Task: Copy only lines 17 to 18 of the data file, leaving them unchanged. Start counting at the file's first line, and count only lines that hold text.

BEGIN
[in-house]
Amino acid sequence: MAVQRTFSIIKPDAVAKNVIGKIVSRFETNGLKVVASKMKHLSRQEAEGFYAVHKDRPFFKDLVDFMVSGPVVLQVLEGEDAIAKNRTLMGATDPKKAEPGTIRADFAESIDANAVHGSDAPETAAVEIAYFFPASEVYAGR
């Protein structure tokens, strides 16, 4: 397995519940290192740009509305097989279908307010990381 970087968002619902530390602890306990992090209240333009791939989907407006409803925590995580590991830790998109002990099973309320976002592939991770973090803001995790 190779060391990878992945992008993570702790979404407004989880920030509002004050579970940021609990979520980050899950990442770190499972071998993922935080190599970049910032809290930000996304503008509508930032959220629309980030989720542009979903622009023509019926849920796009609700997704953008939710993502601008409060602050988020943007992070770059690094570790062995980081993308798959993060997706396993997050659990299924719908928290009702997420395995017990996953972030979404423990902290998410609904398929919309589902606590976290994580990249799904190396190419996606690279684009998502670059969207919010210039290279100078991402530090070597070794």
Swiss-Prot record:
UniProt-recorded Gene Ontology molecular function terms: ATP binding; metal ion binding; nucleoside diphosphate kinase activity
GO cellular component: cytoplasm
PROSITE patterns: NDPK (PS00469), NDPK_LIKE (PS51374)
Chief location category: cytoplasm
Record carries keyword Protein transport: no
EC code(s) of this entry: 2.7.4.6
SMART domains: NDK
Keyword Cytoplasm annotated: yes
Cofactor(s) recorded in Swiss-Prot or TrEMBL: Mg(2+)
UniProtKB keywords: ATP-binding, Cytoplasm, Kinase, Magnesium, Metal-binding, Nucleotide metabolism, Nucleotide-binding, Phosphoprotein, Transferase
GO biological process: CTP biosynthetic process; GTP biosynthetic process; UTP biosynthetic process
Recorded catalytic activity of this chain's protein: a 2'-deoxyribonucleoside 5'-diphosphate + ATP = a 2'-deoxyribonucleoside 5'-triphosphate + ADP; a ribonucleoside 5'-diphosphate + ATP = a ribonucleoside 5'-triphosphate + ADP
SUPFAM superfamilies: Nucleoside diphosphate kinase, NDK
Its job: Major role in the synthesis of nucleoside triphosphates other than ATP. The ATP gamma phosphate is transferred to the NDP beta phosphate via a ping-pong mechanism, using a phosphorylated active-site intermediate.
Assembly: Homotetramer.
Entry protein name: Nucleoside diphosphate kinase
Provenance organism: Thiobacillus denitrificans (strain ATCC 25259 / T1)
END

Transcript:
SUPFAM superfamilies: Nucleoside diphosphate kinase, NDK
Its job: Major role in the synthesis of nucleoside triphosphates other than ATP. The ATP gamma phosphate is transferred to the NDP beta phosphate via a ping-pong mechanism, using a phosphorylated active-site intermediate.